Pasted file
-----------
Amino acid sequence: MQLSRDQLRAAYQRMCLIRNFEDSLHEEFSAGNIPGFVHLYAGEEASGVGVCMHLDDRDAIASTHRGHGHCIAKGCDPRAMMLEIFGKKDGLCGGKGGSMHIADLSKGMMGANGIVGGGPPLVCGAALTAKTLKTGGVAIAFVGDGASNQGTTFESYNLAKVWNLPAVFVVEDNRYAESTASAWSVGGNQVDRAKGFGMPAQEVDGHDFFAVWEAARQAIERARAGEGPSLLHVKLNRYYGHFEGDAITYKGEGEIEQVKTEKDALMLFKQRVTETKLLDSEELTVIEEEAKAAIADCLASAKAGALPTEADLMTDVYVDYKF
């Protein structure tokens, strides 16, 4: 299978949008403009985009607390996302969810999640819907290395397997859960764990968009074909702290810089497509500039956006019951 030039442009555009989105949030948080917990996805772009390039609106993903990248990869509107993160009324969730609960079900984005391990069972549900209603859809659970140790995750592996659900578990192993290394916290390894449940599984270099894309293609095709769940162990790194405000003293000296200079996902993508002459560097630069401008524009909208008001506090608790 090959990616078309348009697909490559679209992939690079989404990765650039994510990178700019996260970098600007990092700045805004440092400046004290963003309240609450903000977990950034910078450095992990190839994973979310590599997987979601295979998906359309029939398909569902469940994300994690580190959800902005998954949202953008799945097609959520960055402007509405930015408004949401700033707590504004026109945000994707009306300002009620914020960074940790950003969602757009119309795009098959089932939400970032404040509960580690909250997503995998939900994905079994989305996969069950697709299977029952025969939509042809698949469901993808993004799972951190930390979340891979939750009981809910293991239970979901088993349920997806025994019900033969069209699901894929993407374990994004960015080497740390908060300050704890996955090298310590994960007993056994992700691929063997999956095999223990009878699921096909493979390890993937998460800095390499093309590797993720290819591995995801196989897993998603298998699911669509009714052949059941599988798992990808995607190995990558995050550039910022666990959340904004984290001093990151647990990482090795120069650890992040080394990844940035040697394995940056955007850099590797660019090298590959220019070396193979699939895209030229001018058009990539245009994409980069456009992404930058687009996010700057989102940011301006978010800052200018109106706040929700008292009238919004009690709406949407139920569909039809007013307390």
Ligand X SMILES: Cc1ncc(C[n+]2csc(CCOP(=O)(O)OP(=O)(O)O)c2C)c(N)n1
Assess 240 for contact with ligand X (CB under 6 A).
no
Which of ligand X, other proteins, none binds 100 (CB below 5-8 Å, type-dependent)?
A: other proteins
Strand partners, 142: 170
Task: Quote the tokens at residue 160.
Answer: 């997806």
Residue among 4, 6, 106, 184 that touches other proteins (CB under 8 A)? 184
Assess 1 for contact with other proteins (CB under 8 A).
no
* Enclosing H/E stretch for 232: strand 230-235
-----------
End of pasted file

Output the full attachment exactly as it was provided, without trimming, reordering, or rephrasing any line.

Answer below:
Amino acid sequence: MQLSRDQLRAAYQRMCLIRNFEDSLHEEFSAGNIPGFVHLYAGEEASGVGVCMHLDDRDAIASTHRGHGHCIAKGCDPRAMMLEIFGKKDGLCGGKGGSMHIADLSKGMMGANGIVGGGPPLVCGAALTAKTLKTGGVAIAFVGDGASNQGTTFESYNLAKVWNLPAVFVVEDNRYAESTASAWSVGGNQVDRAKGFGMPAQEVDGHDFFAVWEAARQAIERARAGEGPSLLHVKLNRYYGHFEGDAITYKGEGEIEQVKTEKDALMLFKQRVTETKLLDSEELTVIEEEAKAAIADCLASAKAGALPTEADLMTDVYVDYKF
């Protein structure tokens, strides 16, 4: 299978949008403009985009607390996302969810999640819907290395397997859960764990968009074909702290810089497509500039956006019951 030039442009555009989105949030948080917990996805772009390039609106993903990248990869509107993160009324969730609960079900984005391990069972549900209603859809659970140790995750592996659900578990192993290394916290390894449940599984270099894309293609095709769940162990790194405000003293000296200079996902993508002459560097630069401008524009909208008001506090608790 090959990616078309348009697909490559679209992939690079989404990765650039994510990178700019996260970098600007990092700045805004440092400046004290963003309240609450903000977990950034910078450095992990190839994973979310590599997987979601295979998906359309029939398909569902469940994300994690580190959800902005998954949202953008799945097609959520960055402007509405930015408004949401700033707590504004026109945000994707009306300002009620914020960074940790950003969602757009119309795009098959089932939400970032404040509960580690909250997503995998939900994905079994989305996969069950697709299977029952025969939509042809698949469901993808993004799972951190930390979340891979939750009981809910293991239970979901088993349920997806025994019900033969069209699901894929993407374990994004960015080497740390908060300050704890996955090298310590994960007993056994992700691929063997999956095999223990009878699921096909493979390890993937998460800095390499093309590797993720290819591995995801196989897993998603298998699911669509009714052949059941599988798992990808995607190995990558995050550039910022666990959340904004984290001093990151647990990482090795120069650890992040080394990844940035040697394995940056955007850099590797660019090298590959220019070396193979699939895209030229001018058009990539245009994409980069456009992404930058687009996010700057989102940011301006978010800052200018109106706040929700008292009238919004009690709406949407139920569909039809007013307390």
Ligand X SMILES: Cc1ncc(C[n+]2csc(CCOP(=O)(O)OP(=O)(O)O)c2C)c(N)n1
Assess 240 for contact with ligand X (CB under 6 A).
no
Which of ligand X, other proteins, none binds 100 (CB below 5-8 Å, type-dependent)?
A: other proteins
Strand partners, 142: 170
Task: Quote the tokens at residue 160.
Answer: 């997806």
Residue among 4, 6, 106, 184 that touches other proteins (CB under 8 A)? 184
Assess 1 for contact with other proteins (CB under 8 A).
no
* Enclosing H/E stretch for 232: strand 230-235